Is Ken Ring saying, or is he not, that everyone should get out of Canterbury on 20 March? Why don't any scientists agree with him? If there's no quake, should we say he was wrong? He predicts so many that he gets a few right (the odds are he'll get about 30% right, as he's predicting so many); beforehand he says they are not predictions, merely opinions. After the fact, if a quake occurs, he claims he predicted it; if it does not, he falls back on saying they were just opinions. If we left town every time he said there'd be a quake we'd only be in town three out of four weeks a month.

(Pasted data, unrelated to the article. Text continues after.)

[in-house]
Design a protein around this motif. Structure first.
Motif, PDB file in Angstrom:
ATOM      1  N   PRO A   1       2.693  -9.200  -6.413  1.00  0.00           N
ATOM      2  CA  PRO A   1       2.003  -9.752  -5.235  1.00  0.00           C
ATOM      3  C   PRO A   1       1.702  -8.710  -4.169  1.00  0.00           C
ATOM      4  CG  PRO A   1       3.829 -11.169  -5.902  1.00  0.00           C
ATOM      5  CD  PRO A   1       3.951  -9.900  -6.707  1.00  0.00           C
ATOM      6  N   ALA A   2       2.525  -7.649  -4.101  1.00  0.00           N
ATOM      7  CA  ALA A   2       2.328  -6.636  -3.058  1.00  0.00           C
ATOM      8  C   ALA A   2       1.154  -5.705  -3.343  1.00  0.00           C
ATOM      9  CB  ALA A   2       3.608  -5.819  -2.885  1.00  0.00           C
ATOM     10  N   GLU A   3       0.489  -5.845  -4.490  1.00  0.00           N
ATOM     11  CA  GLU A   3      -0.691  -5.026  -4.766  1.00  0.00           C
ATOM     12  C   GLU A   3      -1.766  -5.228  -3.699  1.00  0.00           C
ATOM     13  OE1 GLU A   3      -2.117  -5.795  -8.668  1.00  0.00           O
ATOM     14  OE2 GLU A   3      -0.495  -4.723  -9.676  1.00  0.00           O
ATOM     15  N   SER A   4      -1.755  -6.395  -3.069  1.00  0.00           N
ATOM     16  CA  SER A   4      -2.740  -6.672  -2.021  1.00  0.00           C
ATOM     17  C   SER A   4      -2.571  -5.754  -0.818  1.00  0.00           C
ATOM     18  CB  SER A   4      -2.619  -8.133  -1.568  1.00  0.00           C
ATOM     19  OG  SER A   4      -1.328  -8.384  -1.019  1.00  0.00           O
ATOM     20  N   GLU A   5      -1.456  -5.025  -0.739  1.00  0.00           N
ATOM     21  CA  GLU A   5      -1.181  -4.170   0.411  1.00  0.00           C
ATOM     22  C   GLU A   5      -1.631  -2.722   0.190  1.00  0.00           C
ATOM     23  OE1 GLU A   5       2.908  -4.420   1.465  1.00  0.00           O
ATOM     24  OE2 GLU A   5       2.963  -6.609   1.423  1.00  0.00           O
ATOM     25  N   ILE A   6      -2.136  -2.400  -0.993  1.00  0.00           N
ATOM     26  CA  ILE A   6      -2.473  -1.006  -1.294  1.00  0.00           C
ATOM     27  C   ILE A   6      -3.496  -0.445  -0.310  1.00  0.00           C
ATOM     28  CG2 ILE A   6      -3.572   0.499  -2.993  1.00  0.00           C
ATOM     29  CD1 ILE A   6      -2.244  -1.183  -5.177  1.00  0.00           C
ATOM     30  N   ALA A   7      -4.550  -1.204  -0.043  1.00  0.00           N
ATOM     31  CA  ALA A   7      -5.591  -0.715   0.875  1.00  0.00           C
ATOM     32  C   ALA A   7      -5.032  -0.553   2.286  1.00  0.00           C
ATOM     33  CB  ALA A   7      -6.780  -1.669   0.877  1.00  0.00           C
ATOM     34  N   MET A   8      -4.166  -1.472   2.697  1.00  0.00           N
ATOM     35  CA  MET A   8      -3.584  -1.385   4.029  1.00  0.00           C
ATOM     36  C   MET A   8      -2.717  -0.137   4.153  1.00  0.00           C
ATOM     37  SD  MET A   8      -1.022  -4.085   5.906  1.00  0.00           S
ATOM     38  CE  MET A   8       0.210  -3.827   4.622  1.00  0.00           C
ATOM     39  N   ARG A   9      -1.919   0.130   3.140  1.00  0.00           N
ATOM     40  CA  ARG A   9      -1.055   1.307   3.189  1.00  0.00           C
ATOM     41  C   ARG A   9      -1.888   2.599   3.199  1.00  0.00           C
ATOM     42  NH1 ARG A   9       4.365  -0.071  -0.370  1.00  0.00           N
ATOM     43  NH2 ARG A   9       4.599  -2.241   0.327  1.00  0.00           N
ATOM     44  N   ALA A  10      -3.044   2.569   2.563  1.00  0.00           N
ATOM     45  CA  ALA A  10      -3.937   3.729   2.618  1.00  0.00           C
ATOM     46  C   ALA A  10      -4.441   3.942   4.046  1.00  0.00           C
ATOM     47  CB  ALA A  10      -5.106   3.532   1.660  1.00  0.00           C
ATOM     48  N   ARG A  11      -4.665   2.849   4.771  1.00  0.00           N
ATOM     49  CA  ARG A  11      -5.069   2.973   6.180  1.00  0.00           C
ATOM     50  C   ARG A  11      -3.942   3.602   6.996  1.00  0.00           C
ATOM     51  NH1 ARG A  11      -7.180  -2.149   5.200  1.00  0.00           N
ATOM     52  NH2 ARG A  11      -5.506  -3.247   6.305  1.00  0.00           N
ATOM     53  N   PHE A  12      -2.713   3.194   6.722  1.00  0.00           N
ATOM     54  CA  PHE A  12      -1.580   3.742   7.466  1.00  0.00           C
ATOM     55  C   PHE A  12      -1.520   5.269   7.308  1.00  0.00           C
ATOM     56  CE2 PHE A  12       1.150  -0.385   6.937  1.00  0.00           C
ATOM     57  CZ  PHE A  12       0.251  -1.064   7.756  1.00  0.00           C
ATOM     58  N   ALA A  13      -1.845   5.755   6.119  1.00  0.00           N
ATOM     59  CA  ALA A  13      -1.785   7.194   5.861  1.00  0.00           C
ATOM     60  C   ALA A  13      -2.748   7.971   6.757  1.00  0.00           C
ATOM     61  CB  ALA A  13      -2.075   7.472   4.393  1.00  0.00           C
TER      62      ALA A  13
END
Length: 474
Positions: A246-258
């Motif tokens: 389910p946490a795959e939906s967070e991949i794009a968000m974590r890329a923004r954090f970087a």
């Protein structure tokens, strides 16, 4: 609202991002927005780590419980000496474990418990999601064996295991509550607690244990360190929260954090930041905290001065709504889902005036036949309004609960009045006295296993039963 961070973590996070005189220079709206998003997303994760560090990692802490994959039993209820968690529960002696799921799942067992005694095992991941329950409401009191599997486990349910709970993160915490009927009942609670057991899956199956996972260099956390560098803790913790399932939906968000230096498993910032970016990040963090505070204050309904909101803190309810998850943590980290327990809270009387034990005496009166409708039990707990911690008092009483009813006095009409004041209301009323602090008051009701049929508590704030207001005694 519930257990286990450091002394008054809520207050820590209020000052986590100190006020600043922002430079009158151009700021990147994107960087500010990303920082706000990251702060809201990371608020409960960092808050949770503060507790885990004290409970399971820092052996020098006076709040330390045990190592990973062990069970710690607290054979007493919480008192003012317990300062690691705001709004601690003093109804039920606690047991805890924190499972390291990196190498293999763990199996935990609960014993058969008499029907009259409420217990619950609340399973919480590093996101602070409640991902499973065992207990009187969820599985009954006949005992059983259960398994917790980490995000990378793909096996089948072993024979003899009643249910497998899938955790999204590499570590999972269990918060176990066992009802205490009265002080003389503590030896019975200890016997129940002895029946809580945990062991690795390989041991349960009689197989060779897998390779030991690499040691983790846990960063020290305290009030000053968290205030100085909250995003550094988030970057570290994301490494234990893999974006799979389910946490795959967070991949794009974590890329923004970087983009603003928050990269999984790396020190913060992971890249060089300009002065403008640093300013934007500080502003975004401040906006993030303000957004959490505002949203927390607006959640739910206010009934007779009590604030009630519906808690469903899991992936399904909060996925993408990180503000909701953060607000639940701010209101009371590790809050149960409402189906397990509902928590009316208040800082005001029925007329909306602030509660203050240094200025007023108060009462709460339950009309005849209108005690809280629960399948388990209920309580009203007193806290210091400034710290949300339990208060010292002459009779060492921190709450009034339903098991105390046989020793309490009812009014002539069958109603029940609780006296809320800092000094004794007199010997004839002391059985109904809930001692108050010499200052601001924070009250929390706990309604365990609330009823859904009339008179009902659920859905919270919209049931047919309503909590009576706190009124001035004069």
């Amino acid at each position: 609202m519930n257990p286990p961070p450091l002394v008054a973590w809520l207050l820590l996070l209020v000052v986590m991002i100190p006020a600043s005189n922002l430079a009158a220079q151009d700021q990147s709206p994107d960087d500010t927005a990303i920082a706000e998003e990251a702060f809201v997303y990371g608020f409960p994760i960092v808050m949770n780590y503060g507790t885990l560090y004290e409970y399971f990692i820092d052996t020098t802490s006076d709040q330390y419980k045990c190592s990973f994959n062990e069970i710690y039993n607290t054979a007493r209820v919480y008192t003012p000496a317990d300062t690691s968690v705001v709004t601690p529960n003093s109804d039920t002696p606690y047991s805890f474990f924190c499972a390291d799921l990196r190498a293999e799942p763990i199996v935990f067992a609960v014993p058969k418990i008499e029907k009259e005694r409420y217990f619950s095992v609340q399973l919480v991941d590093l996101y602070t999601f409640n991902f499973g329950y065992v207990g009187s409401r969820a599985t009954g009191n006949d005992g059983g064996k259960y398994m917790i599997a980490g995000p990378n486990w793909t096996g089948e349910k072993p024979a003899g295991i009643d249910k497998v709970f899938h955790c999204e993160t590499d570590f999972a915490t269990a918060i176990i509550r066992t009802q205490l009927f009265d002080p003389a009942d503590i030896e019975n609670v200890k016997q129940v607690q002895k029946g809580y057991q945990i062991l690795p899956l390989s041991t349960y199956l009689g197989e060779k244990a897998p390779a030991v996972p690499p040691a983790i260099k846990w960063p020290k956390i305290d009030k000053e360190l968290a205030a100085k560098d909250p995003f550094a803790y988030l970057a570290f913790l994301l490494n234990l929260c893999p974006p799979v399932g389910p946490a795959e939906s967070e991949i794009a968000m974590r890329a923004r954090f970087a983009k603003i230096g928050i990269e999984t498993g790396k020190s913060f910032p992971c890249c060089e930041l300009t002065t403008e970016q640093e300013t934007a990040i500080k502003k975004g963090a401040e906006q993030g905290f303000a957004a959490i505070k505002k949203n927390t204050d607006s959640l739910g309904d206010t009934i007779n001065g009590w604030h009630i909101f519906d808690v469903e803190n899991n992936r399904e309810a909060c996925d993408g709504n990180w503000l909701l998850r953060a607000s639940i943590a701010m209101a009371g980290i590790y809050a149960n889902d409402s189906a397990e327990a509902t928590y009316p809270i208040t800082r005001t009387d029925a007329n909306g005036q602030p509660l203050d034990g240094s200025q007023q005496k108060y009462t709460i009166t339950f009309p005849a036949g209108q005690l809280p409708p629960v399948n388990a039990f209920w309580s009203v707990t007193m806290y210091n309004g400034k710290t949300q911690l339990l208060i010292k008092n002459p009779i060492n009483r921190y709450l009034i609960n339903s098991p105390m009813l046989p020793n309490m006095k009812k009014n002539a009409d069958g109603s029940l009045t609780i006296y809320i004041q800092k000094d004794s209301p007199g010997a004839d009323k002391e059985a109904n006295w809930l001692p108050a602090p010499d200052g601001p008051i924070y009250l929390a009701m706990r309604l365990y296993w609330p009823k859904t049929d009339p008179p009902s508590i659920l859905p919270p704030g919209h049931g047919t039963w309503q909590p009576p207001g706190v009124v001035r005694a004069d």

Read the quoted authors below; they explain it way better than I ever could. Then forward this on to your friends.
If you want to go straight to the sources, here they are:
Dr Mark Quigley
Disclaimer: I have only copied and pasted the text below in case if I just posted the links, people couldn't be bothered clicking on them. If you are the author of either and are offended, I will remove the quoted text. I just want people to read what you've written.